While President Obama had made a point of pushing through a repeal of ’Don’t Ask, Don’t Tell,’ allowing gays to serve openly in the military, he had stopped short of the more controversial step of endorsing gay marriage — until, that is, Joe Biden forced his hand. In a May 2012 appearance on “Meet the Press,” the Vice President said:
“I am absolutely comfortable with the fact that men marrying men, women marrying women and heterosexual men and women marrying one another are entitled to the same exact rights, all the civil rights, all the civil liberties.”
Biden’s remarks prompted a White House statement clarifying that he was not articulating an official change in policy. (Biden himself tried to make clear that it was up to the president to decide such matters.) But gay activists took his comments as an opportunity to ramp up pressure on the President to take a firmer stance on the issue before the election.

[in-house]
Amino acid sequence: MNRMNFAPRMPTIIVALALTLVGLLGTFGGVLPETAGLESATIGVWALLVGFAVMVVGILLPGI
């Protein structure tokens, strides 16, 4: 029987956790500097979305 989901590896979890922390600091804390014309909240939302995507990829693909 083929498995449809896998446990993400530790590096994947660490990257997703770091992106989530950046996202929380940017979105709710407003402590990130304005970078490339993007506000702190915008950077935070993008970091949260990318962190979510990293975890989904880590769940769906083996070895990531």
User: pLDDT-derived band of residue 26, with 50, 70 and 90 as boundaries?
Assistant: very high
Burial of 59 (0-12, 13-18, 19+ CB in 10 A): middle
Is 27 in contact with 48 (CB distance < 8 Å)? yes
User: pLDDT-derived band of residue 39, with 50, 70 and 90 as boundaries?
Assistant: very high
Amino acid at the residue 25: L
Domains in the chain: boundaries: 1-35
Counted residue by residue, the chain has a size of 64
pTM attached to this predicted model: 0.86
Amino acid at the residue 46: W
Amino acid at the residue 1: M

Three days later, Obama officially clarified his position during a sit-down interview with Robin Roberts, becoming the first sitting president in U.S. history to endorse gay marriage.
“…I’ve just concluded that for me personally it is important for me to go ahead and affirm that I think same sex couples should be able to get married.”
As preempted (or prompted) by Biden as it was, it was a historic announcement.